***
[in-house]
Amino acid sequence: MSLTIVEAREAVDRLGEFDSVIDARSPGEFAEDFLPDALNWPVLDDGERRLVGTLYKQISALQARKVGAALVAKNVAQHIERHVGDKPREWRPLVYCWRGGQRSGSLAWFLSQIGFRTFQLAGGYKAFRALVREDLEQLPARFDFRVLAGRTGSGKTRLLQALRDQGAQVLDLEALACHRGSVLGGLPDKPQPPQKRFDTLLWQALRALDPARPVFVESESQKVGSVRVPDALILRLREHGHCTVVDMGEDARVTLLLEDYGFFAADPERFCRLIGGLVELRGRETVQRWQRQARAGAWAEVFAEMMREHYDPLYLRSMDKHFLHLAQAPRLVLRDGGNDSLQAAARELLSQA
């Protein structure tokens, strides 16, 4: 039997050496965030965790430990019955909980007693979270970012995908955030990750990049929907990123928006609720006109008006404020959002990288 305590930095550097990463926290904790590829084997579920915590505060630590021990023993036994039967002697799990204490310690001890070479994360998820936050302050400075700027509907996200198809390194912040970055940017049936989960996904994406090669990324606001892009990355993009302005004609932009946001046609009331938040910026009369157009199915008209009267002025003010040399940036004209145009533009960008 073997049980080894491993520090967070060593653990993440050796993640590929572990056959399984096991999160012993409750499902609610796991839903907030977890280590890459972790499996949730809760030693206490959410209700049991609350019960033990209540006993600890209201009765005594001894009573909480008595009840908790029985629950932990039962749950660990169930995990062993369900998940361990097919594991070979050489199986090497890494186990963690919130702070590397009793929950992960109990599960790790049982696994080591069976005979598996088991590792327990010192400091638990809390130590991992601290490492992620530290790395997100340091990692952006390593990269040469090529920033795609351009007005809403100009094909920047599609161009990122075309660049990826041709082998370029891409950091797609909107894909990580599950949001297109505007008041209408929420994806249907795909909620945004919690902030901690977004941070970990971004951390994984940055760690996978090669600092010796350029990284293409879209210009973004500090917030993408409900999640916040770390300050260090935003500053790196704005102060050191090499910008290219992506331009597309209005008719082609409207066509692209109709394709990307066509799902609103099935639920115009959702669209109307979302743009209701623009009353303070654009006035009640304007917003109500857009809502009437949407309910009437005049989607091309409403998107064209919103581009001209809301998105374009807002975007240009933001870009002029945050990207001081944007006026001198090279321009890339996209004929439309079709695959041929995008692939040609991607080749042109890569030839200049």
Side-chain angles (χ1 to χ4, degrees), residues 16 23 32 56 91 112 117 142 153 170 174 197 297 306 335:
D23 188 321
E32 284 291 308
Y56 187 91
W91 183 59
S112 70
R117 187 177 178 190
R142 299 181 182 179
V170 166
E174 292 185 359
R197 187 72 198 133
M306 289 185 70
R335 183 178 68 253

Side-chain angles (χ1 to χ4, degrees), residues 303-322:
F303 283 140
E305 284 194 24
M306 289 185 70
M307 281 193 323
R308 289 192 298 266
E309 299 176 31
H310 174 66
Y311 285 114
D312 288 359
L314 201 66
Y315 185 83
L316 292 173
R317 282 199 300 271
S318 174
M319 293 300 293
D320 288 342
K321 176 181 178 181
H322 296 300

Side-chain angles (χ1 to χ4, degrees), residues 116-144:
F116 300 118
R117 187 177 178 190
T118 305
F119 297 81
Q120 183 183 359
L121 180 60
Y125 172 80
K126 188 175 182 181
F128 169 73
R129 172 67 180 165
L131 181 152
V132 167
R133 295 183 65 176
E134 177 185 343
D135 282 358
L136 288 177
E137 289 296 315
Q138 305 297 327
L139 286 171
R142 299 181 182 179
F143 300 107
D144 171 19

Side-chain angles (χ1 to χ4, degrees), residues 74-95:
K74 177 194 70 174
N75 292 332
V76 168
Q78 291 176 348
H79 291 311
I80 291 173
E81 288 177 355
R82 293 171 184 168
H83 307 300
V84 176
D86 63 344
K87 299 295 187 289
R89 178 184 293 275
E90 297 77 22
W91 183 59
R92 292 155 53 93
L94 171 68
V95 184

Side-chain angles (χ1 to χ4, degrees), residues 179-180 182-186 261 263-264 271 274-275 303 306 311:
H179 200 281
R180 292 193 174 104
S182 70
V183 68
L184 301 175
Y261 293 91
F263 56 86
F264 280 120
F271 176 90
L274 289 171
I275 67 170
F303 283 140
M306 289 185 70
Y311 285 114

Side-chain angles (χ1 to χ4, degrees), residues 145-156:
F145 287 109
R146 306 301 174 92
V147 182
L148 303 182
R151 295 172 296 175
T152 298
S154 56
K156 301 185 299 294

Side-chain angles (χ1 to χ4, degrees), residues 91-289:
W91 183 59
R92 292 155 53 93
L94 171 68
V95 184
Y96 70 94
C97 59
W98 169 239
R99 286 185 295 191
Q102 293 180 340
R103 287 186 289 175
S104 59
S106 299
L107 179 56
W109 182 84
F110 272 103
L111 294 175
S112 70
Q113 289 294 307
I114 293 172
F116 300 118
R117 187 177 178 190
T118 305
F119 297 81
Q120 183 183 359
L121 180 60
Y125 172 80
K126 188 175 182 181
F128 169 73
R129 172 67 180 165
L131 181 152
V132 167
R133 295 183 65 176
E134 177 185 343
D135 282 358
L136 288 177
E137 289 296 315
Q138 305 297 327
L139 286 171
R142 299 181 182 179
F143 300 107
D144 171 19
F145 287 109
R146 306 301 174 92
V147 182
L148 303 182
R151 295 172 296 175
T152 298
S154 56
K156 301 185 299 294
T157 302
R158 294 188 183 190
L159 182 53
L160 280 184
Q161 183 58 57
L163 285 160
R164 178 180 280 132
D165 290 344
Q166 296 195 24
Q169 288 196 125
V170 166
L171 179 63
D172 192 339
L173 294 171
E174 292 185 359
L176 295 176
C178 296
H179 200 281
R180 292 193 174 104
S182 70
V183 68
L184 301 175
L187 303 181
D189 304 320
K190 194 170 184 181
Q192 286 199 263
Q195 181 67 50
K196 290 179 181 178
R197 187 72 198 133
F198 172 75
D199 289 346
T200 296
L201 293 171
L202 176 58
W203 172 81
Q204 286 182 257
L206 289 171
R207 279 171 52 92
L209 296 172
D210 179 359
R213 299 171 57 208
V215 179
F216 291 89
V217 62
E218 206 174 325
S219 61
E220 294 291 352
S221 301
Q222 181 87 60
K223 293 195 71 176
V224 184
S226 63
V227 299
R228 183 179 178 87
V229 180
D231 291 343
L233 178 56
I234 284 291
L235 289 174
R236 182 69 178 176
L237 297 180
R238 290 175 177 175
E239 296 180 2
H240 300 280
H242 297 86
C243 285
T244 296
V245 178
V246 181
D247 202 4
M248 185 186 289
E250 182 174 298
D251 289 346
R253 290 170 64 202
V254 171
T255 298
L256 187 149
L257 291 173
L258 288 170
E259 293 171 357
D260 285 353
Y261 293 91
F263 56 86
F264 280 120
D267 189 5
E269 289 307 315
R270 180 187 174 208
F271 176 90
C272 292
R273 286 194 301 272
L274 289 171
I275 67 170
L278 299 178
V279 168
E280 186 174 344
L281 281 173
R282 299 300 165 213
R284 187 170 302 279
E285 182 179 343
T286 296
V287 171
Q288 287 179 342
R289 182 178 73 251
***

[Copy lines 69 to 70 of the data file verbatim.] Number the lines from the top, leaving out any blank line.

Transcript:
V84 176
D86 63 344